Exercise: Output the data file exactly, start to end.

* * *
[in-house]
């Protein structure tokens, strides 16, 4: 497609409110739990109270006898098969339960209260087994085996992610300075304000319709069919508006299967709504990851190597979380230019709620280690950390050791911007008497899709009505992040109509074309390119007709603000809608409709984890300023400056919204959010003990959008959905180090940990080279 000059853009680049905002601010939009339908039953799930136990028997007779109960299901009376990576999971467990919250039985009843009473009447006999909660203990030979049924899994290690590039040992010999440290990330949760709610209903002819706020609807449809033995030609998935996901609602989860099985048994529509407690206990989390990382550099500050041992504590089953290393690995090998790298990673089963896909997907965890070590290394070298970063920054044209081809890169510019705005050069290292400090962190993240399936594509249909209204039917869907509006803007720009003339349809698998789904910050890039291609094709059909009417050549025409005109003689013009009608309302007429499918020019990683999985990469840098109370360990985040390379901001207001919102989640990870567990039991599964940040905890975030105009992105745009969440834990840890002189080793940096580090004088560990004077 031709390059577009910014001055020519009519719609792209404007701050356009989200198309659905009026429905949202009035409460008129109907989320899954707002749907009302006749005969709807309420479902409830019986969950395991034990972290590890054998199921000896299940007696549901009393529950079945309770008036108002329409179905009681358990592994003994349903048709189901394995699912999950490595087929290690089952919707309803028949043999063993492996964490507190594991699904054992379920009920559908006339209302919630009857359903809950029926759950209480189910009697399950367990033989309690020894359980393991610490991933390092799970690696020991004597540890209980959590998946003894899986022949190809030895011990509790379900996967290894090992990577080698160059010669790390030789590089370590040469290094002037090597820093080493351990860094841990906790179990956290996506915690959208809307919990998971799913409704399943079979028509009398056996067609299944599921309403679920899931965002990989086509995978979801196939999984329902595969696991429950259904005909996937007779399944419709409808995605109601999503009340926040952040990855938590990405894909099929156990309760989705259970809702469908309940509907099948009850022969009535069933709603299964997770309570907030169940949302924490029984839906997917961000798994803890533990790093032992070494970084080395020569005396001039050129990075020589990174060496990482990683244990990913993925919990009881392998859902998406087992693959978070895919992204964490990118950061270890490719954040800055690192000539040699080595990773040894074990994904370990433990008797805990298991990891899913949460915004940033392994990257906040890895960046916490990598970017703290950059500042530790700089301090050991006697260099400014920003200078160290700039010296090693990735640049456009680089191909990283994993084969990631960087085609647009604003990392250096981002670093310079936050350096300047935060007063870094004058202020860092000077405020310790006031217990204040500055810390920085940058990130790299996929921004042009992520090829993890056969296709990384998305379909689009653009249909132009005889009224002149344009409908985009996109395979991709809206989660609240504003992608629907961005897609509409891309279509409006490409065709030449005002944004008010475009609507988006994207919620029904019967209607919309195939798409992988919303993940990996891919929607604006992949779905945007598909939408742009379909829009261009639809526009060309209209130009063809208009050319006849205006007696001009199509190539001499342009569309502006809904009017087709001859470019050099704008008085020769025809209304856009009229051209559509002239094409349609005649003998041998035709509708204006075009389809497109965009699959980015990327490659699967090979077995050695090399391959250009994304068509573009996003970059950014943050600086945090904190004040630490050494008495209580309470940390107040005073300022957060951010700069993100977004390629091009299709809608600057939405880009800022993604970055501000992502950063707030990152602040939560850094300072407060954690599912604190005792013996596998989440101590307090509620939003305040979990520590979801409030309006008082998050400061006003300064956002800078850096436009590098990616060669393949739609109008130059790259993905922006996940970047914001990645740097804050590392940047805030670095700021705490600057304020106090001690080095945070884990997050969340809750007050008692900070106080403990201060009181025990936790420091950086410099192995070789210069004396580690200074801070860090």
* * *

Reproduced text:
[in-house]
């Protein structure tokens, strides 16, 4: 497609409110739990109270006898098969339960209260087994085996992610300075304000319709069919508006299967709504990851190597979380230019709620280690950390050791911007008497899709009505992040109509074309390119007709603000809608409709984890300023400056919204959010003990959008959905180090940990080279 000059853009680049905002601010939009339908039953799930136990028997007779109960299901009376990576999971467990919250039985009843009473009447006999909660203990030979049924899994290690590039040992010999440290990330949760709610209903002819706020609807449809033995030609998935996901609602989860099985048994529509407690206990989390990382550099500050041992504590089953290393690995090998790298990673089963896909997907965890070590290394070298970063920054044209081809890169510019705005050069290292400090962190993240399936594509249909209204039917869907509006803007720009003339349809698998789904910050890039291609094709059909009417050549025409005109003689013009009608309302007429499918020019990683999985990469840098109370360990985040390379901001207001919102989640990870567990039991599964940040905890975030105009992105745009969440834990840890002189080793940096580090004088560990004077 031709390059577009910014001055020519009519719609792209404007701050356009989200198309659905009026429905949202009035409460008129109907989320899954707002749907009302006749005969709807309420479902409830019986969950395991034990972290590890054998199921000896299940007696549901009393529950079945309770008036108002329409179905009681358990592994003994349903048709189901394995699912999950490595087929290690089952919707309803028949043999063993492996964490507190594991699904054992379920009920559908006339209302919630009857359903809950029926759950209480189910009697399950367990033989309690020894359980393991610490991933390092799970690696020991004597540890209980959590998946003894899986022949190809030895011990509790379900996967290894090992990577080698160059010669790390030789590089370590040469290094002037090597820093080493351990860094841990906790179990956290996506915690959208809307919990998971799913409704399943079979028509009398056996067609299944599921309403679920899931965002990989086509995978979801196939999984329902595969696991429950259904005909996937007779399944419709409808995605109601999503009340926040952040990855938590990405894909099929156990309760989705259970809702469908309940509907099948009850022969009535069933709603299964997770309570907030169940949302924490029984839906997917961000798994803890533990790093032992070494970084080395020569005396001039050129990075020589990174060496990482990683244990990913993925919990009881392998859902998406087992693959978070895919992204964490990118950061270890490719954040800055690192000539040699080595990773040894074990994904370990433990008797805990298991990891899913949460915004940033392994990257906040890895960046916490990598970017703290950059500042530790700089301090050991006697260099400014920003200078160290700039010296090693990735640049456009680089191909990283994993084969990631960087085609647009604003990392250096981002670093310079936050350096300047935060007063870094004058202020860092000077405020310790006031217990204040500055810390920085940058990130790299996929921004042009992520090829993890056969296709990384998305379909689009653009249909132009005889009224002149344009409908985009996109395979991709809206989660609240504003992608629907961005897609509409891309279509409006490409065709030449005002944004008010475009609507988006994207919620029904019967209607919309195939798409992988919303993940990996891919929607604006992949779905945007598909939408742009379909829009261009639809526009060309209209130009063809208009050319006849205006007696001009199509190539001499342009569309502006809904009017087709001859470019050099704008008085020769025809209304856009009229051209559509002239094409349609005649003998041998035709509708204006075009389809497109965009699959980015990327490659699967090979077995050695090399391959250009994304068509573009996003970059950014943050600086945090904190004040630490050494008495209580309470940390107040005073300022957060951010700069993100977004390629091009299709809608600057939405880009800022993604970055501000992502950063707030990152602040939560850094300072407060954690599912604190005792013996596998989440101590307090509620939003305040979990520590979801409030309006008082998050400061006003300064956002800078850096436009590098990616060669393949739609109008130059790259993905922006996940970047914001990645740097804050590392940047805030670095700021705490600057304020106090001690080095945070884990997050969340809750007050008692900070106080403990201060009181025990936790420091950086410099192995070789210069004396580690200074801070860090």